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Problem with mac is that it allows space character at end of file or folder. If this file or folder with space character in end is beeing copied to FTP using Filezilla or Dropbox then mac makes folders with "Foldername_WhiteSpaceConflict" To get rid of this problem all files and folders with space character needs to be renamed without space character. What solution could be the best using terminal or some program?

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5 Answers 5

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Here's the script to find and remove trailing space from files and dirs:

#!/bin/bash                                                                                                                                                                                                        

IFS=$'\n'
for file in $(find -d . -name "* ")
do
  target_name=$(echo "$file" | sed 's/[ \t]*$//')
  if [ "$file" != "$target_name" ]; then
      if [ -e "$target_name" ]; then
          echo "WARNING: $target_name already exists, file not renamed"
      else
          echo "Move $file to $target_name"
          mv "$file" "$target_name"
      fi
  fi
done
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  • 1
    What happens if you have a file ending in space inn a dir ending in space - won't the file have a wrong name after the dir has been renamed
    – mmmmmm
    Commented Feb 23, 2015 at 19:05
  • Good one, updated my answer :) Commented Feb 23, 2015 at 19:10
  • Position of -d is important here, also I've added a check to prevent mv from overwriting existing files.
    – nohillside
    Commented Feb 23, 2015 at 19:16
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I had to fix the script a bit more. For files or folders ending in the letter 't', it would also delete that letter. And the call to check if the file exists wasn't working properly so changed "target_name" to $target_name and it works now.

#!/bin/bash                                                                                                                                                                                                        

IFS=$'\n'
for file in $(find -d . -name "* ")
do
  target_name=$(echo "$file" | sed 's/^[[:space:]]*//;s/[[:space:]]*$//')
  if [ "$file" != "$target_name" ]; then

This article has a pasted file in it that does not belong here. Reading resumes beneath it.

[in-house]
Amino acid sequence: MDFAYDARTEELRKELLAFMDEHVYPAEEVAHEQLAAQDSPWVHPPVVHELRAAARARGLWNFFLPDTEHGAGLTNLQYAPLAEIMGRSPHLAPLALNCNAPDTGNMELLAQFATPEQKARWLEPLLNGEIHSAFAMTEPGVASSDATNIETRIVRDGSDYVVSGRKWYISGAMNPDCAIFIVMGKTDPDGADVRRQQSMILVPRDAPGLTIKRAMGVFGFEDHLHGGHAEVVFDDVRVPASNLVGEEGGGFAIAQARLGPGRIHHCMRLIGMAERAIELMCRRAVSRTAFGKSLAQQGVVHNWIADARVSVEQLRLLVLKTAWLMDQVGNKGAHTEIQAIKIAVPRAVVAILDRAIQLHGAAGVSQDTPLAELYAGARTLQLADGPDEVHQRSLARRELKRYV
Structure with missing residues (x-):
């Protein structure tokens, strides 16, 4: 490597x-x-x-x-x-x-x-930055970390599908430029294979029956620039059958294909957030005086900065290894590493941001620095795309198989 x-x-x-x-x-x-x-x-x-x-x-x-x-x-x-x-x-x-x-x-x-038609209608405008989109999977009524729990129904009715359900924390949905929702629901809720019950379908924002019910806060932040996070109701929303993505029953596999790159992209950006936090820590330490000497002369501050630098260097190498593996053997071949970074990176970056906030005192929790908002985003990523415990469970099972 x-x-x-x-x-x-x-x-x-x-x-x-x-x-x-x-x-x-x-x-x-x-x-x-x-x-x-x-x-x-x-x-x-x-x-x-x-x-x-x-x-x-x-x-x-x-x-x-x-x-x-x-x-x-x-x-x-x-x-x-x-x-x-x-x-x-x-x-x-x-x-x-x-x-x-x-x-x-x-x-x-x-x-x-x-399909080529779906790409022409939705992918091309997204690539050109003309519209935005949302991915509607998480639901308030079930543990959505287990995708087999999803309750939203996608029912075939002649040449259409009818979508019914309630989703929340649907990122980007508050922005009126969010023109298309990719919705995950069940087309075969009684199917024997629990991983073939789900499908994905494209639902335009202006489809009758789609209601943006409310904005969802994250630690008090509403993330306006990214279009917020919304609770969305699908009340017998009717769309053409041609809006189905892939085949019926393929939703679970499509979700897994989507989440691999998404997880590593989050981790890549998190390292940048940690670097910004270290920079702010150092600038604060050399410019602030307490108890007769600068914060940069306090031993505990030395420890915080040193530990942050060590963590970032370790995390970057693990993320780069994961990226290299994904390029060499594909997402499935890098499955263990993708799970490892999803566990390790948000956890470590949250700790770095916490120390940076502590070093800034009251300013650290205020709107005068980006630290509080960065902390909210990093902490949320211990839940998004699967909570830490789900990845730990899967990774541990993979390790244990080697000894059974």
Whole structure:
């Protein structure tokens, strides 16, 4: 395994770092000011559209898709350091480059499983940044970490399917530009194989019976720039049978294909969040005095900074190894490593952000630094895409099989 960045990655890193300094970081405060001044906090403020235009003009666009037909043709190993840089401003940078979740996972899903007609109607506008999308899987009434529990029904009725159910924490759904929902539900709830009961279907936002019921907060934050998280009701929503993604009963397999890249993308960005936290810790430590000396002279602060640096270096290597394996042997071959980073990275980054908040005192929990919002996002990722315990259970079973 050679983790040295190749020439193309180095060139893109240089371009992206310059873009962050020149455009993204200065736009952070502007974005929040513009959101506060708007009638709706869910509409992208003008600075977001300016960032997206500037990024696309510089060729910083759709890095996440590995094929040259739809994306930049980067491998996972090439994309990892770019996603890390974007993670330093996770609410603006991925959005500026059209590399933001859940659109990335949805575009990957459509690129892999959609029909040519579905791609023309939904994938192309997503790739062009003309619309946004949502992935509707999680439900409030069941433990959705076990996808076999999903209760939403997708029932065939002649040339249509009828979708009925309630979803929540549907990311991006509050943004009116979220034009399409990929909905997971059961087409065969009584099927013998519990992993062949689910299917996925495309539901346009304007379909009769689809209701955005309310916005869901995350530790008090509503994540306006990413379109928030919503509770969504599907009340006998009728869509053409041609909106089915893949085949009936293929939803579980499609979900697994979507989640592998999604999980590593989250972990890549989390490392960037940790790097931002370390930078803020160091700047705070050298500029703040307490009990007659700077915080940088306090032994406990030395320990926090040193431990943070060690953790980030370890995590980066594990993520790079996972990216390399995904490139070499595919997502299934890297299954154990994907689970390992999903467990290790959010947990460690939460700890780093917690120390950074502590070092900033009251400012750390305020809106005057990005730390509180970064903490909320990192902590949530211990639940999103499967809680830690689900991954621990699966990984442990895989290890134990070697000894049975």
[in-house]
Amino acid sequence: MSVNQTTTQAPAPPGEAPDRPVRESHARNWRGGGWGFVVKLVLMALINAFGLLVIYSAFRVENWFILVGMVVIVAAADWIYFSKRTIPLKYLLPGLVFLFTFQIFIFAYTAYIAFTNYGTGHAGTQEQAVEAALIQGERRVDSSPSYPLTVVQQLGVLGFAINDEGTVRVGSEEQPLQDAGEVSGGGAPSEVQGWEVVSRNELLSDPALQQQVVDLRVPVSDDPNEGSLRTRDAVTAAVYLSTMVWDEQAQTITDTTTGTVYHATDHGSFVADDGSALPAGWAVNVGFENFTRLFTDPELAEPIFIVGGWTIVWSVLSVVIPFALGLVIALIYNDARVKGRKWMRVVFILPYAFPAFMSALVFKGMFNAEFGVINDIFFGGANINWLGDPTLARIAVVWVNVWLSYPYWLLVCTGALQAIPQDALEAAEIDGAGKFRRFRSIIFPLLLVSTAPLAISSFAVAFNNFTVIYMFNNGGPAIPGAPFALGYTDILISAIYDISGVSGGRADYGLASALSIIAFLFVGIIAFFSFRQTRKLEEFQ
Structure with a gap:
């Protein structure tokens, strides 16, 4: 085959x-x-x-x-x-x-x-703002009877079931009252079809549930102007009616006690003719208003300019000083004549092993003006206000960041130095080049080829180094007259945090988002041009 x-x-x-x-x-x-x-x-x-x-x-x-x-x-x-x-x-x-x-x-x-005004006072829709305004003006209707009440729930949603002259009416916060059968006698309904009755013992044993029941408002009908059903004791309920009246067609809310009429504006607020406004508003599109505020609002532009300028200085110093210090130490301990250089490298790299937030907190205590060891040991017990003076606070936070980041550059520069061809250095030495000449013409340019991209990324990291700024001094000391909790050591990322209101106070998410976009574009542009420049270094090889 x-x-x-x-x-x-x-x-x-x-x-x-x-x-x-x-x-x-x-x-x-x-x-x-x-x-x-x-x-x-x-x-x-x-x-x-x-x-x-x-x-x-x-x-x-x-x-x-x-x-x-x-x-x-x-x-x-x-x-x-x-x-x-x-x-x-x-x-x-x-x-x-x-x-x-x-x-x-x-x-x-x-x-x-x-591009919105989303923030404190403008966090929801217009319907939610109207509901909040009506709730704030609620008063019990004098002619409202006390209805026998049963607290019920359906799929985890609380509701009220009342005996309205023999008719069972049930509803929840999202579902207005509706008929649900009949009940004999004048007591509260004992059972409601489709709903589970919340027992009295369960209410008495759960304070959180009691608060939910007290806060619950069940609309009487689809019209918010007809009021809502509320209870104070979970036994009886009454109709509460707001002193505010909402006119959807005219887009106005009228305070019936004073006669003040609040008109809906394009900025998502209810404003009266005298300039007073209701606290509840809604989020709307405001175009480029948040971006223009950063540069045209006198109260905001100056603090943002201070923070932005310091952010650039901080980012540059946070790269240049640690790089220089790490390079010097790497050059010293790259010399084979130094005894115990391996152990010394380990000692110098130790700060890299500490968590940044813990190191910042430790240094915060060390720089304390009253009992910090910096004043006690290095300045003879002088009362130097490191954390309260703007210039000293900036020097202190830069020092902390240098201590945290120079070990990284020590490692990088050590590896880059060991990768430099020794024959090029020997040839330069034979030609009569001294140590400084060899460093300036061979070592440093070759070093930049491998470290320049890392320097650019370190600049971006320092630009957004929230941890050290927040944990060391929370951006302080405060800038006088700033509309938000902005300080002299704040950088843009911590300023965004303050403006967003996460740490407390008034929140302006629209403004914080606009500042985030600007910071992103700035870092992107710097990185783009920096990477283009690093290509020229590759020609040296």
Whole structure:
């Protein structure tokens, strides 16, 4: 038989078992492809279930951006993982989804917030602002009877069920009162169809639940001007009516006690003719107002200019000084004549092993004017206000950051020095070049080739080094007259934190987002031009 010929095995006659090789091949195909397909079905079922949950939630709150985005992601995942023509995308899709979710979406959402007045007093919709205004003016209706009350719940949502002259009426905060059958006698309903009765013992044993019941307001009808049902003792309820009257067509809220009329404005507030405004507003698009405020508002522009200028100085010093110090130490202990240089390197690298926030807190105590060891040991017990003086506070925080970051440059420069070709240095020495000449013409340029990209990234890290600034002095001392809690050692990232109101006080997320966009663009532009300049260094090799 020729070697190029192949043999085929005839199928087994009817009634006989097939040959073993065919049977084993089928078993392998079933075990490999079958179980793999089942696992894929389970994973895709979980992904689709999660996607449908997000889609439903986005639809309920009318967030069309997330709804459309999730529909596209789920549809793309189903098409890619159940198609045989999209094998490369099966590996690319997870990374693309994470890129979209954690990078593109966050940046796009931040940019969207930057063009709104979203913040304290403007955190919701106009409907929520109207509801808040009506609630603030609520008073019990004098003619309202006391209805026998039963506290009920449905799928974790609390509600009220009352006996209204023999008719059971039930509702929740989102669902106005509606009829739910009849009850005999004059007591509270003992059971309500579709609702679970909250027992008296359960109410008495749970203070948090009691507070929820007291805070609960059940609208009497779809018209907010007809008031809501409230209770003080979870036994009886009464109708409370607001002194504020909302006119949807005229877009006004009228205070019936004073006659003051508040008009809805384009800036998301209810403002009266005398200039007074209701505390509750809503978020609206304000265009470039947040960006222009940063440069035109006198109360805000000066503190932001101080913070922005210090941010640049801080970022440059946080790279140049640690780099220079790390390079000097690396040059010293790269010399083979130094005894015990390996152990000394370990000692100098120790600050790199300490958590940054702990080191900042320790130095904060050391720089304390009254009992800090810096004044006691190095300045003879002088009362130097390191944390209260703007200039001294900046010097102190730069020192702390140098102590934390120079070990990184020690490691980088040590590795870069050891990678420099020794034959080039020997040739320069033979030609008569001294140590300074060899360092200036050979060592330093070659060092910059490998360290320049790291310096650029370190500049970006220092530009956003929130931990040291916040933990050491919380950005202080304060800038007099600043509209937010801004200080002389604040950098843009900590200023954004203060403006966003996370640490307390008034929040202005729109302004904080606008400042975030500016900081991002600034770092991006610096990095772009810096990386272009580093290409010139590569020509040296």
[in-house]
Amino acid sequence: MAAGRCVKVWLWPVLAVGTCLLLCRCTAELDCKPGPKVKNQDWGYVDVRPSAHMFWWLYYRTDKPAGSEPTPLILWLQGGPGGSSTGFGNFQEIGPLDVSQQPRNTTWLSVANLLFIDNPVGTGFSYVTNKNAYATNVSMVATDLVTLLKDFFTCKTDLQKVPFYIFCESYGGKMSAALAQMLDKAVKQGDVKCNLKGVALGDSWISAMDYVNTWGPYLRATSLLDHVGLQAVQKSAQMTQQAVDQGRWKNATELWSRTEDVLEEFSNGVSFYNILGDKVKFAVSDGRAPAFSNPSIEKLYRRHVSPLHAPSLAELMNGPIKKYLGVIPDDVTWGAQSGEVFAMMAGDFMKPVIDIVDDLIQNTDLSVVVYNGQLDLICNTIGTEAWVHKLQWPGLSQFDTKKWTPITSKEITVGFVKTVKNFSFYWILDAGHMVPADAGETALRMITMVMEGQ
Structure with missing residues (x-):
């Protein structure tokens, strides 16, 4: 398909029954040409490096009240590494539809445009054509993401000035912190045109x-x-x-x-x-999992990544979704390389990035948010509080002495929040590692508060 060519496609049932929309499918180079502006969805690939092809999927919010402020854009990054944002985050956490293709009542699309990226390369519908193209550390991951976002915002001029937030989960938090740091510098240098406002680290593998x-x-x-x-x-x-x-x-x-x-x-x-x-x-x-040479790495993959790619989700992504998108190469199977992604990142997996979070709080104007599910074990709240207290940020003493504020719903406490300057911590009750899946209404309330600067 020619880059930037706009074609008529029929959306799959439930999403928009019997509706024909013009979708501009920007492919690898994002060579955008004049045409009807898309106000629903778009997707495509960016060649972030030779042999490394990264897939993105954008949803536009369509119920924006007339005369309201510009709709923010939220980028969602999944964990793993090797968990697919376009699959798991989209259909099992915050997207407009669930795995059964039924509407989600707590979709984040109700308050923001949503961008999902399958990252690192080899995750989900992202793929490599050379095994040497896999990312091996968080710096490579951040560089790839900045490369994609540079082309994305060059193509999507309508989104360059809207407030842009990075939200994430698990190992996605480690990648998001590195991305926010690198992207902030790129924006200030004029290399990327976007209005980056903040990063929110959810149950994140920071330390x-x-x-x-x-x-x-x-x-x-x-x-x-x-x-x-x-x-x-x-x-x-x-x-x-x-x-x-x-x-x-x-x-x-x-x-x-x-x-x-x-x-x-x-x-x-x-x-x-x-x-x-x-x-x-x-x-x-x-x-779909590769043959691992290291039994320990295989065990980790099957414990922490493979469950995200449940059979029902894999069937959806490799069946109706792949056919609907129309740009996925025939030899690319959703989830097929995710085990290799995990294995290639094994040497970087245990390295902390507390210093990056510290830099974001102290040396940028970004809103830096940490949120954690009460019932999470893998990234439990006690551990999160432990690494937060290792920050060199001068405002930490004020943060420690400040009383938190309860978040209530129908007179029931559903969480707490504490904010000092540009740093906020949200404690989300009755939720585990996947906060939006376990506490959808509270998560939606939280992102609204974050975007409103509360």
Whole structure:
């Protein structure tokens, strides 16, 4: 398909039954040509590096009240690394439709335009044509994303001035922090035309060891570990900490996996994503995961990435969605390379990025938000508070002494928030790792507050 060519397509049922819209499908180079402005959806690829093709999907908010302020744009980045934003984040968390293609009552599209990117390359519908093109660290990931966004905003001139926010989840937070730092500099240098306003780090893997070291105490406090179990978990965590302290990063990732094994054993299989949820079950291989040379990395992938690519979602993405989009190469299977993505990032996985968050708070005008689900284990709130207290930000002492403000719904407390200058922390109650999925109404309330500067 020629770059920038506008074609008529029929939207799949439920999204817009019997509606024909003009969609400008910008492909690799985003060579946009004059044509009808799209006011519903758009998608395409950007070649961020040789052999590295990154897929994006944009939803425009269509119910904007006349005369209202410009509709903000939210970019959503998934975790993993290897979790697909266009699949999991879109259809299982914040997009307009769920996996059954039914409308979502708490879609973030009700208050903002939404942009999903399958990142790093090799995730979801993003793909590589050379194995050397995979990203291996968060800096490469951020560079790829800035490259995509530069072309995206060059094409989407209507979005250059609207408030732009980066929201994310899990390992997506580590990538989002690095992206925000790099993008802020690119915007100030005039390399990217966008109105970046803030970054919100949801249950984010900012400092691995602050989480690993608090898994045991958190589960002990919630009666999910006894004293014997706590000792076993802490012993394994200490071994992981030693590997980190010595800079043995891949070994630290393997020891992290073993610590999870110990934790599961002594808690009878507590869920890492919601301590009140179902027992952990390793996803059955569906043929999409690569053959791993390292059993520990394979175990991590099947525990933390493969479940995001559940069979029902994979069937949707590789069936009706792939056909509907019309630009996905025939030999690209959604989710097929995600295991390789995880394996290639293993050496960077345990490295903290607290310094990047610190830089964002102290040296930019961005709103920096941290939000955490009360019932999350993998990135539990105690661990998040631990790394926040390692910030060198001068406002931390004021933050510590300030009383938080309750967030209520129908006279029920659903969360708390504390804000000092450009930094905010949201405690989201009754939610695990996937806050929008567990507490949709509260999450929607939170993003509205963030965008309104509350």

if [ -e $target_name ]; then
          echo "WARNING: $target_name already exists, file not renamed"
      else
          echo "Move $file to $target_name"
          mv "$file" "$target_name"
      fi
  fi
done
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  • This worked perfectly for me! thanks!
    – Wes Larson
    Commented Jun 28, 2019 at 23:56
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There is an application for Mac called 'Name Mangler' , this will do everything you could every want to do to a file/folder name, and you can even create your own code and use it in the app. There is a free trial which gives you 4 unlimited attempts, and you can revert the names back if you make a mistake.

0

Something like this should work:

ruby -e "Dir.glob('* ').each { |name| File.rename name, name.chomp(' ') }"

This will remove trailing spaces from every file/dir in the pwd.

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Devin Stagner 2016's answer works perfectly, but I have updated it on 2022-08-20 because -d has been deprecated (now -depth is used), also that switch needs to go after the path (.) being searched. Added [ ] to enclose $file and $target_name when displaying the information through the echo command, so that it's more obvious what was removed from the filename.

#!/bin/bash

IFS=$'\n'
for file in $(find . -depth -name "* ")
do
  target_name=$(echo "$file" | sed 's/^[[:space:]]*//;s/[[:space:]]*$//')
  if [ "$file" != "$target_name" ]; then
      if [ -e $target_name ]; then
          echo "WARNING: [$target_name] already exists, file not renamed"
      else
          echo "Move [$file] to [$target_name]"
          mv "$file" "$target_name"
      fi
  fi
done
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